Most of us can look back at our own lives and find someone or something that inspired us in a positive way. In the early years it may have been a parent or a special teacher in our grade schools.
As we grew up our horizons became broadened. We listened to speeches or we read books that were very significant to us. We had special authors that inspired us to look at many new and unknown subjects. It might have been a musician or a sports figure that we followed their every word. We wanted to be just like they were, or maybe even better.
I submit to you that as adults, and also as creative writers we all have the ability to inspire the generations coming up behind us. We have the innate ability to show them that each of them is capable of bringing joy into their lives by the way they choose to live, and the choices that they make. We know that what we put into our minds will be reflected all around us and it is up to us to inspire our families and friends by living a life that they will wish to emulate.
Words, either written or spoken can inspire others and we want only the best for the people who listen to us or read our words. So it is our pleasure to remember that someday we may be the ones that are the inspiration for young lives just as our heroes and heroines were for us. It is an awesome responsibility, and one we shouldn’t take too lightly.
“Put another nickel in, in the nickelodeon,
All I want is loving you, and music, music, music!”
These are the words that popped into my mind when I started thinking about writing an article about music! This song, written by Stephen Weiss and Bernie Baum in 1949, was very popular when I was growing up. Teresa Brewer put out the biggest version of it in 1950. At that time, whenever one singer got a big hit, every other singer followed it up with their own special version. The minute I would hear it on the radio I would start singing right along with it. Teresa was at the top of the charts for many years with her bouncy style of music. She was a very small girl, but filled with energy and people loved her.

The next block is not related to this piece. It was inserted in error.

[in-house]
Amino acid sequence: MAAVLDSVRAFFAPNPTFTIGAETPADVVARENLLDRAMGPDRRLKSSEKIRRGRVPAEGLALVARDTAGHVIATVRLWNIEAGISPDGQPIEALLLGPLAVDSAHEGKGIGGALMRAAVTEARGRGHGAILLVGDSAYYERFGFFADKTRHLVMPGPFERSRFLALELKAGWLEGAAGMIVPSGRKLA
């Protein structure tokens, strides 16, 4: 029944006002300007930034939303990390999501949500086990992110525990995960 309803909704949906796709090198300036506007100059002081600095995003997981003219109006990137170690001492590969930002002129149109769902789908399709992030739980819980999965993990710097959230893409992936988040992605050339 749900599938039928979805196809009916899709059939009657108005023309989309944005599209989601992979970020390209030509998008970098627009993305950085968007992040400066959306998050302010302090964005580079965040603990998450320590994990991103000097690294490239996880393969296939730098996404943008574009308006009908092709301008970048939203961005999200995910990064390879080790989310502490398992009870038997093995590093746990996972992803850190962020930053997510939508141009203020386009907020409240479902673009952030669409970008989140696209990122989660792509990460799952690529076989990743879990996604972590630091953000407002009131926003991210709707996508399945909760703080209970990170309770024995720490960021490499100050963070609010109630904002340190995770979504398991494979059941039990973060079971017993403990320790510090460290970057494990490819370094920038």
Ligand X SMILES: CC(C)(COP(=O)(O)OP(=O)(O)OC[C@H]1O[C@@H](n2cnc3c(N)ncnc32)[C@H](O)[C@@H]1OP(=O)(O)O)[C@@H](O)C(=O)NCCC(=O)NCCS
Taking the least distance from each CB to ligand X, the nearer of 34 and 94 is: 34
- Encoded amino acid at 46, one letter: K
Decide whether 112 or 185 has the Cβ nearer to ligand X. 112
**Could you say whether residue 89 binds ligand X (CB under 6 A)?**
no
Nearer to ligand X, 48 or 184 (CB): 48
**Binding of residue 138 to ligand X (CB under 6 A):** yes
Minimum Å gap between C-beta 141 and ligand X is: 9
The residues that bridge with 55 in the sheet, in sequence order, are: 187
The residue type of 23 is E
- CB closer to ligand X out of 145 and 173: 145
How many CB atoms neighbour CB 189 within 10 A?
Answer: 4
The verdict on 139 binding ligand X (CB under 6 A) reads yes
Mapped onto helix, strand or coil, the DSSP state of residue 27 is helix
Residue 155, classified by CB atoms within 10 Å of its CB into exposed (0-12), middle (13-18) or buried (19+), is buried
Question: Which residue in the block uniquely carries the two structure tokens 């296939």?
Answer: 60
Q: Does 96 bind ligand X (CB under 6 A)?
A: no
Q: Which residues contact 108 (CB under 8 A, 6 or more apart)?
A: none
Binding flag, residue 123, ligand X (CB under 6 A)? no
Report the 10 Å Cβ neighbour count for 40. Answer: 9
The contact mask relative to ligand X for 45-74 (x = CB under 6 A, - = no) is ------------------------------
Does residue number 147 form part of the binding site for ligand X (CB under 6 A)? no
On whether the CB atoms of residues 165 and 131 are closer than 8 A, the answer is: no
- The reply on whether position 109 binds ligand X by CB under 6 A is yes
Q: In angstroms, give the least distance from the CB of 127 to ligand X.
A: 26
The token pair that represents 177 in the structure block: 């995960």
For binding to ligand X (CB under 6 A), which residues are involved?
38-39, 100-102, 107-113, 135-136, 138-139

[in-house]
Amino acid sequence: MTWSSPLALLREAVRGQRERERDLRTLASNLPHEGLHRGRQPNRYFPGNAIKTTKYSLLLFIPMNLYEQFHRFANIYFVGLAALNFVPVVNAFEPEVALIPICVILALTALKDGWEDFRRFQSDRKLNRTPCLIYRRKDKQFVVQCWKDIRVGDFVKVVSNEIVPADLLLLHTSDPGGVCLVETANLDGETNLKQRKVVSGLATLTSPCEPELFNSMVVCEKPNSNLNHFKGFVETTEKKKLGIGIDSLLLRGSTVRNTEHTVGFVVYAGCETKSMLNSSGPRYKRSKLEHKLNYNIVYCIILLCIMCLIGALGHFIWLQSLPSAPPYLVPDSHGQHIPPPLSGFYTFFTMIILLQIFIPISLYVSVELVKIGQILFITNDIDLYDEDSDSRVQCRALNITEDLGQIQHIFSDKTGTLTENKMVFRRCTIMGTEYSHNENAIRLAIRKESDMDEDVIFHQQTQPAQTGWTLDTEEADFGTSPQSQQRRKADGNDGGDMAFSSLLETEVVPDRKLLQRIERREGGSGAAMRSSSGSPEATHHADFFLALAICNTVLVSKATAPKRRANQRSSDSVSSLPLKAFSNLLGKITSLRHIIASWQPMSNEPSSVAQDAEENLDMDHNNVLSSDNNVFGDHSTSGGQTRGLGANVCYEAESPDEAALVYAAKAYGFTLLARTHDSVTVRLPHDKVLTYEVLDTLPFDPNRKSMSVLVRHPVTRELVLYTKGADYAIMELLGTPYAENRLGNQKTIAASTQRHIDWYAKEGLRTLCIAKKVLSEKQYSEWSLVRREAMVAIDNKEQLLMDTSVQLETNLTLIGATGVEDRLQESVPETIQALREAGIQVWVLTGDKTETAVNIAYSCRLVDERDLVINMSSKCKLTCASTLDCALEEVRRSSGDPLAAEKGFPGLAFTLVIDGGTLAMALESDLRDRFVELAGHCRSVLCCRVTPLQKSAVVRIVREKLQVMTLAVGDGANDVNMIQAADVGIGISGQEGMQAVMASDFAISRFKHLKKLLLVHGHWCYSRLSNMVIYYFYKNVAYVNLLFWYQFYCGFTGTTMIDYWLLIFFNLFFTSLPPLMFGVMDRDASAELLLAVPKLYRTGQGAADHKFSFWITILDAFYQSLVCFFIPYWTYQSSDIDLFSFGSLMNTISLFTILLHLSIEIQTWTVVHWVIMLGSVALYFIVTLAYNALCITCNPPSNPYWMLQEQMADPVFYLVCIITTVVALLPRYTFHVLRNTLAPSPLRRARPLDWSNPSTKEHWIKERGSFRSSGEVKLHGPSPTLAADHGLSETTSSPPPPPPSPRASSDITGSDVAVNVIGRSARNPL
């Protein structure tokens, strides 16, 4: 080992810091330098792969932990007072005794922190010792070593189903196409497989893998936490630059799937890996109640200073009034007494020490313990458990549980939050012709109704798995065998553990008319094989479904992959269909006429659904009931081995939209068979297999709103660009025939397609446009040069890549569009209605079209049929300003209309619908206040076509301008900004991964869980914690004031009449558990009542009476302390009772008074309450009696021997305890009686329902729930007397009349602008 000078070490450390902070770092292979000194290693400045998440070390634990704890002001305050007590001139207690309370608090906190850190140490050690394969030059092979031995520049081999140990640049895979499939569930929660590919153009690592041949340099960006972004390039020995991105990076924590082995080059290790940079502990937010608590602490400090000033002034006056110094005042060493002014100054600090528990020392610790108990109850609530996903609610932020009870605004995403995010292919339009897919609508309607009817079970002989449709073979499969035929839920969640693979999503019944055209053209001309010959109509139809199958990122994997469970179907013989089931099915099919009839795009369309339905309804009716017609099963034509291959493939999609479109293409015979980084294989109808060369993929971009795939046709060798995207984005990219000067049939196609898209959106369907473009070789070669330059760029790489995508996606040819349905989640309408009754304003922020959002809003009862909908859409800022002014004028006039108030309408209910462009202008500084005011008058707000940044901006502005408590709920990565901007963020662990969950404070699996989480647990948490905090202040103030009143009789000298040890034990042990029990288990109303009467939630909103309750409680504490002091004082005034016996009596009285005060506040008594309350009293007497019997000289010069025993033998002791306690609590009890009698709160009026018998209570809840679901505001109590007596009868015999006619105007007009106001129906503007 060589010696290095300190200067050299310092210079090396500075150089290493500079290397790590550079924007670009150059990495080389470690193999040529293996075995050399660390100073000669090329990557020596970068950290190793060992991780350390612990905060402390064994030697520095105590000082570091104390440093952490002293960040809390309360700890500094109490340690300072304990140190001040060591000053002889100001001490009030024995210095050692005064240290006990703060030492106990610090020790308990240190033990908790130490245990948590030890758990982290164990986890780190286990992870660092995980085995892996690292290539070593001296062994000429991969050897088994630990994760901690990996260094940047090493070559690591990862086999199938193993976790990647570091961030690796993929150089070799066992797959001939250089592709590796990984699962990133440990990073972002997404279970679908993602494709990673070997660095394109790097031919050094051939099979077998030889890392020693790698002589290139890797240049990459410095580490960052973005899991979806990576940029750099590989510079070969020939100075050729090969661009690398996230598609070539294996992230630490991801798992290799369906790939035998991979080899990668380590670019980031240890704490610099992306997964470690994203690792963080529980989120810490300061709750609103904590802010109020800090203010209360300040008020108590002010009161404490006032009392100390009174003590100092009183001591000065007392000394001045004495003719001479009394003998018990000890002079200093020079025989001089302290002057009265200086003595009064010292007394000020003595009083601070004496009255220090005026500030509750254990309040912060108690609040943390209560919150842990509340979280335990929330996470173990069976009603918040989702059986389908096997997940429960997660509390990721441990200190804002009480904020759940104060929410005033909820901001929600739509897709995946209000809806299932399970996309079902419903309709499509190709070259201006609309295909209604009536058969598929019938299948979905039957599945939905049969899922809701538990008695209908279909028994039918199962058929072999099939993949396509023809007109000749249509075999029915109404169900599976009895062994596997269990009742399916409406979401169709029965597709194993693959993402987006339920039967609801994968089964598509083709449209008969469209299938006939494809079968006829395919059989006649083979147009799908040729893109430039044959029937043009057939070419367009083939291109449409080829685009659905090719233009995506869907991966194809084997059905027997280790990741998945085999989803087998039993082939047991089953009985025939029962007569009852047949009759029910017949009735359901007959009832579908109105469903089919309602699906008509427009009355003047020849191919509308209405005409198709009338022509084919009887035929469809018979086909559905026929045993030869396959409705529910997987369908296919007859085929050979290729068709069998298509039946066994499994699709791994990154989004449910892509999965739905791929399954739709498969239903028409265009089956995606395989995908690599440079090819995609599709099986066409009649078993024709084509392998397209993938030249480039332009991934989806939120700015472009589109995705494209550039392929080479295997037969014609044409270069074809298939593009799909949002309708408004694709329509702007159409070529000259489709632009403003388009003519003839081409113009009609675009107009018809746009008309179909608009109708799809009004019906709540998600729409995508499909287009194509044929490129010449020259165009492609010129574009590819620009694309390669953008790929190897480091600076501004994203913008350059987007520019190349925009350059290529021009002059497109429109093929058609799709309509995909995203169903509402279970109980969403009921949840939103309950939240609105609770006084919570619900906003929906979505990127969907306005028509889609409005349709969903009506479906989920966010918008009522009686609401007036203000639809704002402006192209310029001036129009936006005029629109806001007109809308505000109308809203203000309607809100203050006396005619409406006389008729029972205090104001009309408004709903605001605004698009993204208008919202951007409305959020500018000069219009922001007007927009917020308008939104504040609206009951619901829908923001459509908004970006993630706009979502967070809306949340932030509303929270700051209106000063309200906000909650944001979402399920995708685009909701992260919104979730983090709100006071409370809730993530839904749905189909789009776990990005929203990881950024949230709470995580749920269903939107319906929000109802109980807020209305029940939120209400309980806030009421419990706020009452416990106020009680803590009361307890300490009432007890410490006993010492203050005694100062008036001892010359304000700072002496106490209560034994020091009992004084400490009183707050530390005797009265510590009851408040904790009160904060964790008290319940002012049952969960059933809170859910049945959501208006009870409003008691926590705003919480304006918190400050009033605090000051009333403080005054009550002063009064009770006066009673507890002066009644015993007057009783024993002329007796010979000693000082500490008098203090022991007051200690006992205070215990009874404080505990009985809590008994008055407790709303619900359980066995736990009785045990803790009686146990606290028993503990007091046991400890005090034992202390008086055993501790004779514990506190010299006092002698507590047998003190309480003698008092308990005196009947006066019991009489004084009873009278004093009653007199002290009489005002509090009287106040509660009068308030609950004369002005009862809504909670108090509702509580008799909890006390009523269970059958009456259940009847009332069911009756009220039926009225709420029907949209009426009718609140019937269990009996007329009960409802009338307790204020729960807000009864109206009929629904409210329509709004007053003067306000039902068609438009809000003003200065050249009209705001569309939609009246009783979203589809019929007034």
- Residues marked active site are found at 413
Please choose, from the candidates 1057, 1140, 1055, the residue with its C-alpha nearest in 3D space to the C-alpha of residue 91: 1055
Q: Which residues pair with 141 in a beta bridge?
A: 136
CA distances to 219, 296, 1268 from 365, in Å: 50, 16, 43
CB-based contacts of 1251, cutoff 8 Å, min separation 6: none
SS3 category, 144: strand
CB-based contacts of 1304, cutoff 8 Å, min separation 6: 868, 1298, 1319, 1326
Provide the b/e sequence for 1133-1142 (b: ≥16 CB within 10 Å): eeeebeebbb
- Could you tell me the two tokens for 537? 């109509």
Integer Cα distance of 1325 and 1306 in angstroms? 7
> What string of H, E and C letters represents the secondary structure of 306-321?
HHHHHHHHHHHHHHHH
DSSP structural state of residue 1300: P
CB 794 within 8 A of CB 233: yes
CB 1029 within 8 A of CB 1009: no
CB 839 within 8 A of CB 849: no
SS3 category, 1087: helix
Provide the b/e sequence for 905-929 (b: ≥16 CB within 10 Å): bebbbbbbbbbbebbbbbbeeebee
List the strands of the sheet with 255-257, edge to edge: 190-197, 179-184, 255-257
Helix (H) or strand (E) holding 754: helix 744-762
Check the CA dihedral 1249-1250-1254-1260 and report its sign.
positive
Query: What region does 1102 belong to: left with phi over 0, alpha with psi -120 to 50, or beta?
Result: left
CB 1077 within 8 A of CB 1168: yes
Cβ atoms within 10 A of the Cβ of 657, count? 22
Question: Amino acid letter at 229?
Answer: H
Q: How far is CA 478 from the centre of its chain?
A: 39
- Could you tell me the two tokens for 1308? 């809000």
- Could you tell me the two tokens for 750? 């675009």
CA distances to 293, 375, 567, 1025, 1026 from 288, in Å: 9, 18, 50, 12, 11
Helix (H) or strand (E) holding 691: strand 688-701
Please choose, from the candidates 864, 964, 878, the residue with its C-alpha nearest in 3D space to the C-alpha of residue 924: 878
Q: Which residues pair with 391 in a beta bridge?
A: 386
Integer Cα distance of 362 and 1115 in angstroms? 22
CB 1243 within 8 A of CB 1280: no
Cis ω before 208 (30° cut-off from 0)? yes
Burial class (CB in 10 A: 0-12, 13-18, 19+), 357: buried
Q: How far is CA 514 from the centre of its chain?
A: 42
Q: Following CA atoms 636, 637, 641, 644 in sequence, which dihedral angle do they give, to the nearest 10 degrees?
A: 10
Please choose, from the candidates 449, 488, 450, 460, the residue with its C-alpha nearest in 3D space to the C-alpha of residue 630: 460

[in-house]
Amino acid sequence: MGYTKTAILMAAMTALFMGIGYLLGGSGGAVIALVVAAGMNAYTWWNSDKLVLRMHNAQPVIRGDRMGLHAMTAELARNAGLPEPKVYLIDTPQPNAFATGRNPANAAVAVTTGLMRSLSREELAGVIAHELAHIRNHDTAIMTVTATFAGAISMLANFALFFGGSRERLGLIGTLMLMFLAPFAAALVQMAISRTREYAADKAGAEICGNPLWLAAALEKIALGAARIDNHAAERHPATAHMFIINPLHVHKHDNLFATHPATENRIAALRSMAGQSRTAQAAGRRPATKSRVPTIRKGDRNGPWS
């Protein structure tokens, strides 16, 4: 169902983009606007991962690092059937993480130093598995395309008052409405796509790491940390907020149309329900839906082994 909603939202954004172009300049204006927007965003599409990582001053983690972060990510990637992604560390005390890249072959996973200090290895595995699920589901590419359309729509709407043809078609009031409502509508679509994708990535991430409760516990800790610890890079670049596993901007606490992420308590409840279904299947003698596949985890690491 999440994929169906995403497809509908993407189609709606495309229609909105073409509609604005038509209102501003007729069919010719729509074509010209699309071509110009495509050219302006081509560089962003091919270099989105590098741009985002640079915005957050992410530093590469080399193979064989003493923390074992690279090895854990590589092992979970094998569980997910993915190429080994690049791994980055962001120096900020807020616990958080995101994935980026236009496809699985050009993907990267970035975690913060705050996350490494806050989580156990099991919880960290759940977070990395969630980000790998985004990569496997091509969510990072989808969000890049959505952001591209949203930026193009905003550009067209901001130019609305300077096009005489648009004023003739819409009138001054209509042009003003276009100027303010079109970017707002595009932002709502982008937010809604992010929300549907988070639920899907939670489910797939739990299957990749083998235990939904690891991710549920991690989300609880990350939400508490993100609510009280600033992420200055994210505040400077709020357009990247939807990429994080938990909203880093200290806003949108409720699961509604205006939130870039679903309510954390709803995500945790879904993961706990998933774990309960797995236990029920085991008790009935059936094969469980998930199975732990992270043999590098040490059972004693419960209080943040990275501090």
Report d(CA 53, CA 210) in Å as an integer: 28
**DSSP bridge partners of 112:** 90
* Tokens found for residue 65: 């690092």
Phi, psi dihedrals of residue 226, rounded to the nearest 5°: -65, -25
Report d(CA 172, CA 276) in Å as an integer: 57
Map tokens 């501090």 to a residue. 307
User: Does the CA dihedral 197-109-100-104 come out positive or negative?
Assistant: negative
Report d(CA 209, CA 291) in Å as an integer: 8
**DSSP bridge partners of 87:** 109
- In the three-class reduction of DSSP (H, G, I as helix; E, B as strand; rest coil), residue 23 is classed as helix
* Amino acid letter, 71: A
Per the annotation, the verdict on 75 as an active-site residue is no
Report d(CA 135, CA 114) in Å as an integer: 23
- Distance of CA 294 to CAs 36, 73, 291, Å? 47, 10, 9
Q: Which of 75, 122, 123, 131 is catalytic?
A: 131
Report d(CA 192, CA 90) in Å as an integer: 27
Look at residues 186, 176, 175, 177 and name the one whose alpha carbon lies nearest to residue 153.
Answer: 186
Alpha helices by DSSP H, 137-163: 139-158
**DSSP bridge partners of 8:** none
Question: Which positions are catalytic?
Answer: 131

In my teens there was hardly ever a time when I didn’t have the radio or my phonograph turned on. The first thing I bought with my library job was a 3 speed record player and it cost $60. Since I was making 60 cents an hour you can see that I really felt it was worth it for me to have my own music. As the years went by I acquired quite a few long playing 33 speed albums.
Singing in our church choir for many years, taking piano lessons for seven years, listening to the radio constantly, my life has always been filled with music. Now my laptop and my Ipad are filled with it. As I type here I am listening to Elton John singing “My Song”.
My Aunt Donnie played the piano beautifully and I wanted to be as accomplished as she was. For a long time I just played the piano by using my fingers and pretending on our kitchen table. My dad found a way to buy an old upright piano for $25, and then my mother figured out a way to pay for lessons for me at $1.00 a week. She gave up things that she needed so that I could have the lessons for a long time. Alas, tho I loved playing and practiced diligently, I never acquired the skill that my aunt had all of her life. My cousin, Carolyn played by ear, beautifully, which means she didn’t even need to see the notes, and I really envied that.